Kombucha tea deaths have given sippers of the popular health drink a reason to question their beverage choices. Although proponents of the tea swear by its safety and potential benefits, the tea has been linked to both serious illness and death.
Kombucha Tea Explained
Kombucha tea is a combination of sugar, black or green tea, and the kombucha "mushroom," which really isn't a mushroom at all. Kombucha is actually a yeast and bacteria colony that takes on a mushroom-like shape as it grows. The yeast and bacteria colony is then added to tea and sugar and allowed to ferment. The length of time the tea and kombucha ferments varies. Generally speaking, kombucha tea contains B vitamins, vinegar, and a number of chemical compounds. Some of the compounds frequently in kombucha tea include:
- Acetic acid
- Gluconic acid
- Lactic acid
- Malic acid
- Usnic acid
Ethyl alcohol, found in alcoholic beverages, is also often present in kombucha, but the level in tea (usually 0.5%) is low enough to classify the beverage as non-alcoholic.
Kombucha tea has been popular in Russia and Eastern countries since the 19th century, but it didn't begin to gain traction in the United States until the 1990s. Proponents of the tea tout a number of health benefits, including improved digestion and liver function and cancer prevention properties. The tea is widely available in health food stores and even some grocery stores. It is sold as loose tea leaves, tea bags, and prepared tea.
Kombucha Tea Deaths: Safety in Question
In the medical community, kombucha's reputation is mixed at best. Although some question whether the tea offers any health benefits at all, the most troubling news is kombucha has been linked to serious illness and even death. The Centers for Disease Control (CDC) highlights a few incidents:
- In April 1995, a woman who had been drinking kombucha tea for two months entered the hospital with severe acidosis, brought on by excessive levels of lactic acid. After two days of treatment, she entered cardiac arrest and died.
- Also in April 1995, another woman who had been drinking kombucha tea for the same amount of time entered the hospital with similar symptoms and a high level of lactic acid. She also experienced cardiac arrest, but doctors were able to save her. She recovered, but the two incidents led the FDA to issue its first warning about kombucha. Researchers investigating the deaths found the tea the women had been drinking originated from the same kombucha colony.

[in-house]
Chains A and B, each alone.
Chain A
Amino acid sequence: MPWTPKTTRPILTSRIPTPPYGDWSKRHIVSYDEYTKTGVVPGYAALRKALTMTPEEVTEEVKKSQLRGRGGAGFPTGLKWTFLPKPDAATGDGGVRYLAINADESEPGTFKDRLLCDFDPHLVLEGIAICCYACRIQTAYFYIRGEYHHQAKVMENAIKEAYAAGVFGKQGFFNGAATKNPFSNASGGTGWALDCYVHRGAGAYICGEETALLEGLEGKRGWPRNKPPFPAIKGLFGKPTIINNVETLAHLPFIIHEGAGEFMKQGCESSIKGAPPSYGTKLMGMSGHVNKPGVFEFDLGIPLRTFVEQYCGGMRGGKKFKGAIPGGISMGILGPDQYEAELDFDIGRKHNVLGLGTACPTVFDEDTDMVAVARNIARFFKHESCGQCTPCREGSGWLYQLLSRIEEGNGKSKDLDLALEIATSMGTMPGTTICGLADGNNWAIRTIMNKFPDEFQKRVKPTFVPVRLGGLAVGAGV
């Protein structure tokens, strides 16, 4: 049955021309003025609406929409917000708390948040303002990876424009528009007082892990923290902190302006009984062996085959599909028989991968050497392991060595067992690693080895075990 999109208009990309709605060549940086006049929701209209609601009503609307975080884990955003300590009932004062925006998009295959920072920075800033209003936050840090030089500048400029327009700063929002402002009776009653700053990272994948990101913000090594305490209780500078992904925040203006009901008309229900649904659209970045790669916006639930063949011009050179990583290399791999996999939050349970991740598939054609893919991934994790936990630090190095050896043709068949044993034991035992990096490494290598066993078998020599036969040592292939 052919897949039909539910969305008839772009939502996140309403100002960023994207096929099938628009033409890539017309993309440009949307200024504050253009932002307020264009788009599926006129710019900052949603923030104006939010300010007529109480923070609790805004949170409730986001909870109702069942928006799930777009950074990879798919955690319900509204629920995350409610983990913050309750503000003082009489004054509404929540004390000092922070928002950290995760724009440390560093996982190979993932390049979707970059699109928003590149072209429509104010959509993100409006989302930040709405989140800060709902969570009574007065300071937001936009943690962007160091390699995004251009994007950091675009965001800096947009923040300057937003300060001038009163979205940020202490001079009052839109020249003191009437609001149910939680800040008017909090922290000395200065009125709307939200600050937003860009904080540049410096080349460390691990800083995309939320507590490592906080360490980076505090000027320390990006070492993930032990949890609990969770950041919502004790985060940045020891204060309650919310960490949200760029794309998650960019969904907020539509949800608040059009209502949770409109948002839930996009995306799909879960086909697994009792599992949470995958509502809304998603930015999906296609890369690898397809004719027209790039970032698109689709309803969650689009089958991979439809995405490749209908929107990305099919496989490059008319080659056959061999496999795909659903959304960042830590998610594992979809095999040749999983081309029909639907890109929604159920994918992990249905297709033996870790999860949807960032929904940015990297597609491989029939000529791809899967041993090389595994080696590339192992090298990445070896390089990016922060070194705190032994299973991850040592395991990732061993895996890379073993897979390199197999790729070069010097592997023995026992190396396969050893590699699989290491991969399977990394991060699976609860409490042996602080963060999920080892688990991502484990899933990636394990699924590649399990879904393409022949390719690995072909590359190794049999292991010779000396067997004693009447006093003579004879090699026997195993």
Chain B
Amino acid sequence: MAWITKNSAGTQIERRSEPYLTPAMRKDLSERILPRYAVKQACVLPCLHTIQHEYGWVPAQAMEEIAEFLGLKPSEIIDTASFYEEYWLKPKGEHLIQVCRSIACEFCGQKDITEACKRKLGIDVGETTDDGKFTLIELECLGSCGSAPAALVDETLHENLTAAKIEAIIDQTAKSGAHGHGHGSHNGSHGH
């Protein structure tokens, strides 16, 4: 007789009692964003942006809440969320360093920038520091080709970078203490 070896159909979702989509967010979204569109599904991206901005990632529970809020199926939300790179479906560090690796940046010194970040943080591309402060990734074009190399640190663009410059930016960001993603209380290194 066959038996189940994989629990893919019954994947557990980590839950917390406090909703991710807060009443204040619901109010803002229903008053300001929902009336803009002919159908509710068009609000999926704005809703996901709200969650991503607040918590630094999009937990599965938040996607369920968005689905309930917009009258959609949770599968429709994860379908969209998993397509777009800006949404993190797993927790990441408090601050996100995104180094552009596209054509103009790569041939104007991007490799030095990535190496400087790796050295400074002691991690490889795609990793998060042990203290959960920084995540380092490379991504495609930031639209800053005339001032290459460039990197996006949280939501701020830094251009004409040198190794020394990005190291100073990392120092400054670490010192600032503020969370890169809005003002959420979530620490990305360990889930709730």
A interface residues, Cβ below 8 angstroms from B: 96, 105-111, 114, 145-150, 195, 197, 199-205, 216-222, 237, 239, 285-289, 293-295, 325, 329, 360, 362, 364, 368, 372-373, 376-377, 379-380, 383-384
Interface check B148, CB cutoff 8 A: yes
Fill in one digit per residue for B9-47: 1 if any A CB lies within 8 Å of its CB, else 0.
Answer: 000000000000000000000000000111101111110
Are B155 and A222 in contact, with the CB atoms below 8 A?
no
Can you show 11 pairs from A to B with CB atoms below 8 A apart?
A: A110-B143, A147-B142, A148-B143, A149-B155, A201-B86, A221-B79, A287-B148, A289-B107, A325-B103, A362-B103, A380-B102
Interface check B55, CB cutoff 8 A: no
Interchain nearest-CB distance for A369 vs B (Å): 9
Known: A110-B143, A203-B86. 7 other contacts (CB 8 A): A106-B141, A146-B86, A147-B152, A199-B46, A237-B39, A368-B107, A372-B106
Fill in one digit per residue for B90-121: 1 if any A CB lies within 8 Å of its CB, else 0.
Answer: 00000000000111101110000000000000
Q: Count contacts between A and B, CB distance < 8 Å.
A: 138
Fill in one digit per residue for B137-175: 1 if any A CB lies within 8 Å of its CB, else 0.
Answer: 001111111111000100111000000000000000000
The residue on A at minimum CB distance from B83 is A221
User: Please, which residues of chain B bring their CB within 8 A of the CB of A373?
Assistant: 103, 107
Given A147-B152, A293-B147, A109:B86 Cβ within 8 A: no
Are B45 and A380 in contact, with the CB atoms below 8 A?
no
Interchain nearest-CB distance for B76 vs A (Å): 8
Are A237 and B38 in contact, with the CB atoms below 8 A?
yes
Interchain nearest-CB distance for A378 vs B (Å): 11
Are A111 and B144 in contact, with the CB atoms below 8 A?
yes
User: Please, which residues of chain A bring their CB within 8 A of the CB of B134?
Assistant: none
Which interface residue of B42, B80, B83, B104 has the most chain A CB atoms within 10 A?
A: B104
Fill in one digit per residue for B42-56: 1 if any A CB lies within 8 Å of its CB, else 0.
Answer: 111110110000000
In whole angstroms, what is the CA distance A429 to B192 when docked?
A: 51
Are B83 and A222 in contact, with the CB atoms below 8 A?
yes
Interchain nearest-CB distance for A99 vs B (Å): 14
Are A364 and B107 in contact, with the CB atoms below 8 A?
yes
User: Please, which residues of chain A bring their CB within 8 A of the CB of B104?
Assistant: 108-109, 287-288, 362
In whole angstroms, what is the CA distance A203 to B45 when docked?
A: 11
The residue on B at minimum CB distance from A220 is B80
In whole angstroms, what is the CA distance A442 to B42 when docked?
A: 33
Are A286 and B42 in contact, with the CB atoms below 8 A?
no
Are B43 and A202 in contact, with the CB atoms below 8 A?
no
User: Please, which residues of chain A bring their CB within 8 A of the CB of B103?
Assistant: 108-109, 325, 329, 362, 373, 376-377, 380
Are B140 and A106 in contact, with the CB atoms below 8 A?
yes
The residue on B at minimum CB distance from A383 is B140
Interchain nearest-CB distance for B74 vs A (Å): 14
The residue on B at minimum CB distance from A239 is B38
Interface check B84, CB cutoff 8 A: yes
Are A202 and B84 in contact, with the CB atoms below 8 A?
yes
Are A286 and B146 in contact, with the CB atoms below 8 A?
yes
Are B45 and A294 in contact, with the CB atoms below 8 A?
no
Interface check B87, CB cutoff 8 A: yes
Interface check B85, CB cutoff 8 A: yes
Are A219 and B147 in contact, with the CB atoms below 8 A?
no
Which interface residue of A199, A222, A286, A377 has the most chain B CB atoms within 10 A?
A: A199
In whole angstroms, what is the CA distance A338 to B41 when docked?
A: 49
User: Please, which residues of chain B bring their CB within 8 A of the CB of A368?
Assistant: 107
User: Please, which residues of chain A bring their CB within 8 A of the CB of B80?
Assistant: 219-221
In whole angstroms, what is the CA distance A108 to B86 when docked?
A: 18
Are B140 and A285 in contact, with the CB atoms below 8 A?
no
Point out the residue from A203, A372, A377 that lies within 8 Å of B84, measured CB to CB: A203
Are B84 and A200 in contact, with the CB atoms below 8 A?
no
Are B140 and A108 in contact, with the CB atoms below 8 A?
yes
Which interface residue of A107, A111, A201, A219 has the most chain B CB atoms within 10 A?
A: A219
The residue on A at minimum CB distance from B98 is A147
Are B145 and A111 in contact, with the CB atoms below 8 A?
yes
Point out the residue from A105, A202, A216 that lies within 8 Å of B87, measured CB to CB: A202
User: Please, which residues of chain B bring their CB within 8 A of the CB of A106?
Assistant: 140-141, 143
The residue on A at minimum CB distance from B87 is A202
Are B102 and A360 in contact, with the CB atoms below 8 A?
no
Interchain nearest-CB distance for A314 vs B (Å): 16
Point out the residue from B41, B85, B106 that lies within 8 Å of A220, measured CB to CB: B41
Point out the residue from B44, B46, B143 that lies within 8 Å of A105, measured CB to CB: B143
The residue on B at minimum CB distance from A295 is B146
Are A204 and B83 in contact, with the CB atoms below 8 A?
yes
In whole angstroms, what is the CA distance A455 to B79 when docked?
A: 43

Some doctors have linked other dangerous conditions to kombucha, including anthrax of the skin, jaundice associated with liver damage, and severe allergic reactions. There have been other deaths possibly associated with kombucha consumption as well, but they don't provide enough evidence to draw a direct link.
Is Kombucha Tea Safe?
Despite reports of kombucha tea deaths, there is no definitive study proving drinking the tea can be fatal. On the other hand, there are no studies that prove kombucha has any health benefits at all.
Much of the concern in the medical community about kombucha tea comes from the lack of regulation of the production process and ingredient list. Kombucha tea can home-brewed, and it can be brewed in a long list of unregulated manufacturing facilities and labs. Each batch of tea can contain different ingredients, depending on the content of the kombucha "mushroom" colony and how long the product ferments. Further, since the brewing is unsupervised, there is no guarantee the manufacturing facility was sanitary. Dangerous germs could be introduced to the tea in dirty labs or manufacturing plants. Because the tea is so acidic, it should never be brewed in containers that are painted or include lead, but it has been. At least two lead poisoning cases have been linked to kombucha tea.
Studies proving or disproving the safety of kombucha tea simply do not exist, so without evidence, the American Cancer Society recommends exercising caution when drinking kombucha tea and never using the tea as a substitute for traditional medical care.